This AR shopping experience is achieved by aligning the available inventory of the store (as soon as the shopper walks into the store), with the means that determine what is known and modeled about the shopper’s current intent, habits, preferences, tastes, prior purchases or propensity for replenishment (i.e. the shopper’s shopping list!). The invention also includes means for switching on an audio and/or visual signal designed to greet the customer, announce matches, and suggest cross matches with the customer’s known preferences or current interests and shopping intent. The matching and announcement means further comprise a rank-ordering system designed to organize all the potential matches between the available inventory of products and the consumer’s shopping list (i.e. known or current state of the shopper’s preferences, tastes, intents or propensity for replenishment).

Finally, since this is ultimately a research-based, and multilayered computer program (or software) invention, whose authored instructions and code could technically only be copyrighted, this computer program is patented as media-supported instructions for running a “method”.  Thus, the patent covers a computer program product, able to perform the shopping assistance operations, that includes “a storage medium readable by a processing circuit and storing instructions run by the processing circuit for running a method.”

For further information, the abstract for this invention is included below for US2014201026 titled Personalized customer shopping experience.
A method that improves and enhances the customer's in-store shopping experience. The consumer product of purchase interest or intent to buy expresses (or self-announces via technology) it's match (or fit based on known or understood buying habits, customer taste, tendencies, etc) against the customer preferences during an in-store shopping experience.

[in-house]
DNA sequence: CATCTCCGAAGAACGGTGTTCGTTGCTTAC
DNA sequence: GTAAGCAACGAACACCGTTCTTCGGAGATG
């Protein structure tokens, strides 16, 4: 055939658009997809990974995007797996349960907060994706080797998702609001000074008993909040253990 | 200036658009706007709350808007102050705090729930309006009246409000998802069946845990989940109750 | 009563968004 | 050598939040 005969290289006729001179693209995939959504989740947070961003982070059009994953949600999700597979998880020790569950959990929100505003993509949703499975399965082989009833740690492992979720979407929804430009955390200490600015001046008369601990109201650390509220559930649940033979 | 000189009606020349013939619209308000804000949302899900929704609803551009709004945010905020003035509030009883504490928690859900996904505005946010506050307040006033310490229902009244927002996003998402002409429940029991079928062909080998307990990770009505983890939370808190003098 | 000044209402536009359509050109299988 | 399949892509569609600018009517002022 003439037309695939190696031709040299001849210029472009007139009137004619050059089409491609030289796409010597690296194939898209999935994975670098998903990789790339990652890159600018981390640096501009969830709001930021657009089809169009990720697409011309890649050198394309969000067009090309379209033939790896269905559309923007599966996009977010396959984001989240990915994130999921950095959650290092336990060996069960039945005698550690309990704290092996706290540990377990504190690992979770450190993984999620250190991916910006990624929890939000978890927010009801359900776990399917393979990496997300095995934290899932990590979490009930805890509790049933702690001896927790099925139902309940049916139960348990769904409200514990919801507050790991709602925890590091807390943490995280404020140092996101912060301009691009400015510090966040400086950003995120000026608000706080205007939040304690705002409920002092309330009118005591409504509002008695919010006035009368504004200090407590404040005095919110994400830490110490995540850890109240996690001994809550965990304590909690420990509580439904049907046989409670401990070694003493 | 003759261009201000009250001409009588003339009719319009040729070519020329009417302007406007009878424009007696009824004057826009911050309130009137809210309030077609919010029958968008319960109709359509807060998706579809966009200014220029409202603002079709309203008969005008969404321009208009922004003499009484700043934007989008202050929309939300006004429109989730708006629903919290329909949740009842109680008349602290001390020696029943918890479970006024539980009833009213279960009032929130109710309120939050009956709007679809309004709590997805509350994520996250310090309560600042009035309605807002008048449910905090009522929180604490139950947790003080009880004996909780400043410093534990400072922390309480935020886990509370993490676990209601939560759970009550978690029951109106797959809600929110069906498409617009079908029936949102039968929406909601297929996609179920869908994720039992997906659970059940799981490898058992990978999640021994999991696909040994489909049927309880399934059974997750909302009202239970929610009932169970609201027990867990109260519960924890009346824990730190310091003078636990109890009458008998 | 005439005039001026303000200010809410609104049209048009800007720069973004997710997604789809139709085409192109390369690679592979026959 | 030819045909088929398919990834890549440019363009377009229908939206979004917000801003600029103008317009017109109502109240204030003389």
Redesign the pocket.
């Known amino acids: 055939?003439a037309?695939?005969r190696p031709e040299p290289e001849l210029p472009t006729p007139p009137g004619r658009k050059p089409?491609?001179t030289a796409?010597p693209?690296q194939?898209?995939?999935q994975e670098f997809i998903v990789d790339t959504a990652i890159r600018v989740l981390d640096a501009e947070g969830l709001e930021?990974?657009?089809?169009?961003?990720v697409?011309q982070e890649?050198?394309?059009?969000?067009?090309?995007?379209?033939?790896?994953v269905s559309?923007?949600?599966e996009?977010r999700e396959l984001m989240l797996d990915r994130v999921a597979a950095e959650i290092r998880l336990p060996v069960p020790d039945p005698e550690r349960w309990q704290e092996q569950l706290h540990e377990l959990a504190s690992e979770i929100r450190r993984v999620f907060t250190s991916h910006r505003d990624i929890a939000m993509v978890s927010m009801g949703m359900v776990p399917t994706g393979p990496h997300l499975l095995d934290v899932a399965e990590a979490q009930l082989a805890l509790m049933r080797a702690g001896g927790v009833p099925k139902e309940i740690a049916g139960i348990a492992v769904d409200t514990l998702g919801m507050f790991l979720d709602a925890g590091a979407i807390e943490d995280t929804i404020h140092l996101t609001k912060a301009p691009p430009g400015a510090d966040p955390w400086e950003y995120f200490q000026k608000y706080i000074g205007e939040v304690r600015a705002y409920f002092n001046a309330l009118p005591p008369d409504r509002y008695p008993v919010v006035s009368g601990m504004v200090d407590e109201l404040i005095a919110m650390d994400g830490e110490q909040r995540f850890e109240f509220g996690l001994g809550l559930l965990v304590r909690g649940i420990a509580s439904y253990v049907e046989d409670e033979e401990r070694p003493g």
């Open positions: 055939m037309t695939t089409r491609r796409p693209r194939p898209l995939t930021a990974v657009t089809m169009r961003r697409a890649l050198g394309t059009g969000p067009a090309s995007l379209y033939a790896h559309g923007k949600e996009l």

To conclude with a completely different take on augmented and /or amplified reality… Adam Harvey, an Interactive Telecommunications NYU alumni, is making waves at the intersection of technology and counter-surveillance using decoys, spoofing and camouflage technologies, in art, to express the angst of amplification...  (e.g.; McNeil , 2012)

 Thus, I suspect that Adam Harvey would offer a completely different approach on such a personalized customer shopping experience and what might alternatively be perceived as hinging on invasion of privacy and encroachment on personal space, arising in the modeling of consumer habits and GPS tracking…. But that is indeed a whole different set of concerns and sensitivities voiced in a world of ubiquitous computing (Weiser,1996)!

Flak, J., Reström, J. and S. Bjork () Amplifying reality.
Herrmann, F. (2013) Oh, patents! Adam Harvey @ NYU. Post at Patents on the soles of your shoes on Oct 20, 2013)
McNeill, J. (2012) Artist profile: Adam Harvey. Rhizome, June 11, 2012.
Weiser, M. (1996)
Weiser, M. (1993) "Some Computer Science Problems in Ubiquitous Computing," Communications of the ACM, July 1993. (reprinted as "Ubiquitous Computing". Nikkei Electronics; December 6, 1993; pp. 137-143.) 

1 comment:

simwave said...

Augmented reality lets you browse a virtual catalog of clothes from your favorite brands, shop directly within your Esquire magazine (below), or head to a virtual pop-up store and avoid the lines.